and no causes, than to have causes and no
court. I now proceed, sir, to consider the de-
fects which are plainly discernible, or whieh
have been discovered by practice in the oonsti*
tution of the circuit courts. These courts, from
information which I have received, I apprehend
were originally constructed npon a fallacious
principle. I have heard it stated that the de-
sign of placing the judges of the Supreme Court
in the cLrcuit courts, was to establish uniform
rules of decision throughout the United States.
It was supposed that the presiding judges of the
circuit courts^ proceeding from l£e same body,
would tend to identify l£e principles and rules
of decision in the sevend districts. In practice,
a contrary effect has been discovered to be pro-
duced by the peculiar organization of these
courts. In practice we have found not only a
want of uniformity of rule between the diflferent
districts, but no uniformity of rule in the same
district No doubt there was a uniformity in
the decisions of the same judge ; but as the same
judge seldom sat twice successively in the same
district, and sometimes not till after an interval
of two or three years, his opinions were f
ten or reversed before he returned. The jud
were not educated in the same soihooL 1
practice of the courts, the forms of proceeding,
as well as the rules of property, are extremely
various in the different quarters of the Unitea
States. The lawyers of the Eastern, the Mid-
dle, and Southern States, are scarcely professors
of the same science. These courts were in a
state of x)erpetual fluctuation. Thot successive
terms gave you courts in the same district, as
different from each other as those of Connecti-
cut and Virginia. No system of practice could
grow up, no certainty of rule could be estab-
Bshed. The seeds sown in one term scarcdy
vegetated before they were trodden nnd^ foot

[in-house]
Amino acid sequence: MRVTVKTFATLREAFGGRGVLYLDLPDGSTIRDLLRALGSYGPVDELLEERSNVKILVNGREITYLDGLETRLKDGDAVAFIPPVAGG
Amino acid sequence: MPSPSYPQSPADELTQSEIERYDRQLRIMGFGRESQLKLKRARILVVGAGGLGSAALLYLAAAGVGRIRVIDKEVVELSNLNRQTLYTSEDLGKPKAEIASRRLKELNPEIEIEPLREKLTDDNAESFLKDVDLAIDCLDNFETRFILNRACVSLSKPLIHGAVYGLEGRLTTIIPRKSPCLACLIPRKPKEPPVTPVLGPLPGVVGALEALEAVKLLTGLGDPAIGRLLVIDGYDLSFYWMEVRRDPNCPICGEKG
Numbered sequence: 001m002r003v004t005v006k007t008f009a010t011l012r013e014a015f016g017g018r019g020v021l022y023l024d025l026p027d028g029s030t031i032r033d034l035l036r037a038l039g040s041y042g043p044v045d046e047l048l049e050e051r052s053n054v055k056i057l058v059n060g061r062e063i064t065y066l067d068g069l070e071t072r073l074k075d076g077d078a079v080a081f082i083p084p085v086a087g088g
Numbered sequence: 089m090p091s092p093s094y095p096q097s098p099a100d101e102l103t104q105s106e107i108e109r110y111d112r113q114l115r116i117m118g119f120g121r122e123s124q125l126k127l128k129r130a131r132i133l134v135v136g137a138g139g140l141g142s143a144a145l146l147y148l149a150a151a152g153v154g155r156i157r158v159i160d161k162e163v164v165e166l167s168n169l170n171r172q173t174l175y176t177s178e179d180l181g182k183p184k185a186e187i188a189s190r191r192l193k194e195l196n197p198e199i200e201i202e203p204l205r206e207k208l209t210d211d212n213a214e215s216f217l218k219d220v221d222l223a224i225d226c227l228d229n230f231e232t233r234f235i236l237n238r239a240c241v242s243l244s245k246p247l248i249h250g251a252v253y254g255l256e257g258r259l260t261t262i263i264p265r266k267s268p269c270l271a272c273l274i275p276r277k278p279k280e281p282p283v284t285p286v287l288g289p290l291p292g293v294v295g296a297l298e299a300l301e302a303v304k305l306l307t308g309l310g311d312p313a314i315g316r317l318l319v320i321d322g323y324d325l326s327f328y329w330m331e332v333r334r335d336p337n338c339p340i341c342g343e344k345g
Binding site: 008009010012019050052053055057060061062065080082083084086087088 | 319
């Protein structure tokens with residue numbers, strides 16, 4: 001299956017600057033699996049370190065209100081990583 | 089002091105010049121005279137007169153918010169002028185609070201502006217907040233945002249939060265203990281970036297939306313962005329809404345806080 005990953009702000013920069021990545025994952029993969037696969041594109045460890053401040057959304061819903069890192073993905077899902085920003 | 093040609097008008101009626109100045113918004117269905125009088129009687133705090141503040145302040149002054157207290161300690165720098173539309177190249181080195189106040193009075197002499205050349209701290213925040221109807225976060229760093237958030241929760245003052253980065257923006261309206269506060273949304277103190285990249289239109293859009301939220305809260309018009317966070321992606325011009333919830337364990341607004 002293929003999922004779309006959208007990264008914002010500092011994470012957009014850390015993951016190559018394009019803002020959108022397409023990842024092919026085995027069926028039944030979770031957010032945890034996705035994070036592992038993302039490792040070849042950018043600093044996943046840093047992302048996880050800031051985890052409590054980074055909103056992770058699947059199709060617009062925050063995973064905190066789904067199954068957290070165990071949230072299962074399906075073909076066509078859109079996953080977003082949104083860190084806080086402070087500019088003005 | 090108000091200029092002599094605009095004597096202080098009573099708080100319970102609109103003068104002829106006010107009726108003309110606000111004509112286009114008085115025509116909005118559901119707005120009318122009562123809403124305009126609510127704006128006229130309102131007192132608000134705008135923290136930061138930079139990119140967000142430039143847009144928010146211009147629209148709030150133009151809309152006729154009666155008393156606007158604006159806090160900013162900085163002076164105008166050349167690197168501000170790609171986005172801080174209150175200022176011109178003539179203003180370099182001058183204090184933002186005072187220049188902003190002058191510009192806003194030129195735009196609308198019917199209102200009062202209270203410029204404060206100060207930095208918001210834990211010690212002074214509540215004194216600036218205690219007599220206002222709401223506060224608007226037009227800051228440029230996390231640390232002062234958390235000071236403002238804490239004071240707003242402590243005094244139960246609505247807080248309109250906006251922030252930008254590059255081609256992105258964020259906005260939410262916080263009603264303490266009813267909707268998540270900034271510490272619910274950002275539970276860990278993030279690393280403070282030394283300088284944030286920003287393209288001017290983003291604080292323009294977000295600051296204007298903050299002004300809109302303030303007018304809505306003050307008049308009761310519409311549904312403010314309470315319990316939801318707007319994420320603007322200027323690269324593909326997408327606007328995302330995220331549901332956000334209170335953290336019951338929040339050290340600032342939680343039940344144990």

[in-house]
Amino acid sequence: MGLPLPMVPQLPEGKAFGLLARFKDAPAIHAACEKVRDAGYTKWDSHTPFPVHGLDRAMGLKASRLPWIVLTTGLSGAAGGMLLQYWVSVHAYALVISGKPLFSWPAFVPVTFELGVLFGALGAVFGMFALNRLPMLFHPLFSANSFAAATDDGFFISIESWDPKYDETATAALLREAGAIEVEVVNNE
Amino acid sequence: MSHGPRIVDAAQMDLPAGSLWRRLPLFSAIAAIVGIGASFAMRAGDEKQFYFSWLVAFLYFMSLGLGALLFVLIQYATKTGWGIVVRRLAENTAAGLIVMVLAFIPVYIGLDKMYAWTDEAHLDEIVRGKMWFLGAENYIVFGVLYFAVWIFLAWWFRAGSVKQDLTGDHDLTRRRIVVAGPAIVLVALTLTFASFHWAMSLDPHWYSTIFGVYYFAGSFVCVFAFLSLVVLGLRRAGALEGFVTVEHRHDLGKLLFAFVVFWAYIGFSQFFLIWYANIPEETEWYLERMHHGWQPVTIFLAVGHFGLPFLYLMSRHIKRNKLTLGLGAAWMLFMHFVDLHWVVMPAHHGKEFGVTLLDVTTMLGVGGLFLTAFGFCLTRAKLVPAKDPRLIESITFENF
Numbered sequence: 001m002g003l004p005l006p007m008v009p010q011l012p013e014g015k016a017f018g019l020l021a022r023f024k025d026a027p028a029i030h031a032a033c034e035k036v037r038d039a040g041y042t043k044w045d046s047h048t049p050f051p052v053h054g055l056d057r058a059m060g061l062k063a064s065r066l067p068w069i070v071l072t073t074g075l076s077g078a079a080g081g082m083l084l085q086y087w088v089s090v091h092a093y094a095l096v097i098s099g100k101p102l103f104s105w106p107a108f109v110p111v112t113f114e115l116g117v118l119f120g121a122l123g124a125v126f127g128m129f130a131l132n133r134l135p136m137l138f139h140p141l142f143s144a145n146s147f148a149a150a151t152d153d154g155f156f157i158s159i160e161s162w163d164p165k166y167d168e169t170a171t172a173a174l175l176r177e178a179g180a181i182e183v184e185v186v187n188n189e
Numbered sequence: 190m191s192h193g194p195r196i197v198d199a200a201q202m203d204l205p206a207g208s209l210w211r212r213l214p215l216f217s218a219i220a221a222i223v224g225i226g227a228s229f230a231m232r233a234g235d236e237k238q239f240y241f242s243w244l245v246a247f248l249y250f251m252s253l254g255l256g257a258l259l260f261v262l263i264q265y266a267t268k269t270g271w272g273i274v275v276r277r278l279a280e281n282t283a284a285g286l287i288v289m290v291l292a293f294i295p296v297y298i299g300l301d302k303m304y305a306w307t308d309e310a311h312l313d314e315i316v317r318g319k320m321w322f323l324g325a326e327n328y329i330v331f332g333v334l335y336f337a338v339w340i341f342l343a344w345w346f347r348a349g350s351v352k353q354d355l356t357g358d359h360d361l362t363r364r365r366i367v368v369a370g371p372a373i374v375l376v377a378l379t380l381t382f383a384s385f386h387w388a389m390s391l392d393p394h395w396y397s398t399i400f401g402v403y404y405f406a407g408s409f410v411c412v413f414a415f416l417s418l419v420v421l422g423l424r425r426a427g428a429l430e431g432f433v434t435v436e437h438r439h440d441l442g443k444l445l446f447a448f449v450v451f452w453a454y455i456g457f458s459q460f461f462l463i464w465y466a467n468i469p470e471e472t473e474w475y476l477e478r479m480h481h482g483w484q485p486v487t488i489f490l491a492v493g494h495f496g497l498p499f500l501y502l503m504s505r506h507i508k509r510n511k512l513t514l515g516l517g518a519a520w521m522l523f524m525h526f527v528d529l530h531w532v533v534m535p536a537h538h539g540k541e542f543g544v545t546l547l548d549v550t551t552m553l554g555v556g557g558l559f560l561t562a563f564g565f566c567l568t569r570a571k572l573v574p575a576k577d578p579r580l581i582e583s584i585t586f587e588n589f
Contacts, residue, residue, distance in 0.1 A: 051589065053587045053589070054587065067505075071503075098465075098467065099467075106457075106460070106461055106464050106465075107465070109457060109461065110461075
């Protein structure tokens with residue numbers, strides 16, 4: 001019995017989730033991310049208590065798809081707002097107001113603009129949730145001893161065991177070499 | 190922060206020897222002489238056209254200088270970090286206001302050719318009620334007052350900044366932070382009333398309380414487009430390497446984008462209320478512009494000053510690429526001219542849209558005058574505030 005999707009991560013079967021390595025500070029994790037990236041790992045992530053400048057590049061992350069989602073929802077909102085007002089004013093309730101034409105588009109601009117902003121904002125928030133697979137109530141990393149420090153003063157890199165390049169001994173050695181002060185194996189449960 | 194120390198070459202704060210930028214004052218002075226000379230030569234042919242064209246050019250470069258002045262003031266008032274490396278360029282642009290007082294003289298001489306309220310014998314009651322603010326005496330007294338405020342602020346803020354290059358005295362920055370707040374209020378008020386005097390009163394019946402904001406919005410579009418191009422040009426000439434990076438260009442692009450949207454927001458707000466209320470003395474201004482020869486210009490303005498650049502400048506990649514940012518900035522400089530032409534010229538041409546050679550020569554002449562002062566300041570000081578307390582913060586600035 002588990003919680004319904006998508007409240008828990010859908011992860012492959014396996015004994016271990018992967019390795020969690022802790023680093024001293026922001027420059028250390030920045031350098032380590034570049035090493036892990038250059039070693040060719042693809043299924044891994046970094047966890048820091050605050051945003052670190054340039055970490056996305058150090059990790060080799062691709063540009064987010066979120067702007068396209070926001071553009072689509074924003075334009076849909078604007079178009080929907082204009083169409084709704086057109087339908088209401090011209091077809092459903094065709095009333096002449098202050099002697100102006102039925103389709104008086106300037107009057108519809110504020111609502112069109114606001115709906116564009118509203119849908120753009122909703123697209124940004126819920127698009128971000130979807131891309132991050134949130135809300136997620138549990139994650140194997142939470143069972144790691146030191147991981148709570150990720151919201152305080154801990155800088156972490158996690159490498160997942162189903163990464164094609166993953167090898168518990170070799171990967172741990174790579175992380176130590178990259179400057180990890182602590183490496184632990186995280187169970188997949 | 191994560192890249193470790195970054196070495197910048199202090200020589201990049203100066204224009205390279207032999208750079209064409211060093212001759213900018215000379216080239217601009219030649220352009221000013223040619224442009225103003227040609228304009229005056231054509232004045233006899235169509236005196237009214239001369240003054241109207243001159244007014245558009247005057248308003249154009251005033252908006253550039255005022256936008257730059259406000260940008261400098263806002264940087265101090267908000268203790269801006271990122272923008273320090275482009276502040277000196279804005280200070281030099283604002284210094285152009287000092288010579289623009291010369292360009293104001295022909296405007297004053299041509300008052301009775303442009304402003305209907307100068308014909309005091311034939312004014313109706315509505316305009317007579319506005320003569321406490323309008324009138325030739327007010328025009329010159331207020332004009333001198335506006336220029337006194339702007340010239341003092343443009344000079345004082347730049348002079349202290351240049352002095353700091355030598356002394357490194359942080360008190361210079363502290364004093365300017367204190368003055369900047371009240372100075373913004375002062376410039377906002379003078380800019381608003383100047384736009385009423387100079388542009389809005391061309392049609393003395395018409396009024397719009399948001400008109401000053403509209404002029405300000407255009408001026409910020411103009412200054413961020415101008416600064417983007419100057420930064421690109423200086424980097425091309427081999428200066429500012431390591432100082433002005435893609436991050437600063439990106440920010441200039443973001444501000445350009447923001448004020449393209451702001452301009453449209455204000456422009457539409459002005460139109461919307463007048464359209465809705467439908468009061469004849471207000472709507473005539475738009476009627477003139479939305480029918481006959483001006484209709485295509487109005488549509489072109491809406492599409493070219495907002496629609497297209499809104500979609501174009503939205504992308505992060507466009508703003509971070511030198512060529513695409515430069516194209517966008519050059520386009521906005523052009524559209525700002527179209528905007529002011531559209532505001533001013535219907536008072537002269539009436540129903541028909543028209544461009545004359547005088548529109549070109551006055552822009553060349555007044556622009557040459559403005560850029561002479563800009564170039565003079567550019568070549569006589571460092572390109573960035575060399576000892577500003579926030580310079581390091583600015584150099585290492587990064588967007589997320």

The condition of a suitor was terrible; the
ground was always trembling under his feet
The opinion of a former judge was no precedent
to his successor. Each considered himself boond
to follow the light of his own understanding.
To exemplify these remarks, I will take the
libertv of stating a case which came under my
own observation. An application before <xie
judge was made to quash an attachment in hr
vor of a subsequent execution creditor; the ap-
plication was resisted upon two grounds, and
the learned judge, to whom the i^plioataon was
first made, expressing his opinion in support of

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Febbuabt, 1802.]

Jvdiaary Sydem,

[H. OF R.

both grounds, dismiaBed the motion. At the
succeeding court, a different judge presided, and
the application was renewed and answered
upon the same grounds. The second learned
judge was of opinion, that one point has no
validity, but he considered the other sustainable,
and was about also to dismiss the motion, but
upon being pressed, at last consented to grant a
rule to show cause. At the third term, a third
learned judge was on the bench, and though
the case was urged upon its former principles,
he was of opinion, that both answers to the
application were clearly insufficient^nd ac-
cordingly quashed the attachment When the
opimons of his predecessors were cited, he re-
plied, that every man was to be saved by his
own &ith.

Upon the opinion of one judge, a suitor would
set out in a long course of proceediogs, and
after lodng much time and wasting much mon-
ey, he would be met by another judge, who
would tell him he had mistaken his road, that
he must return to the place from which he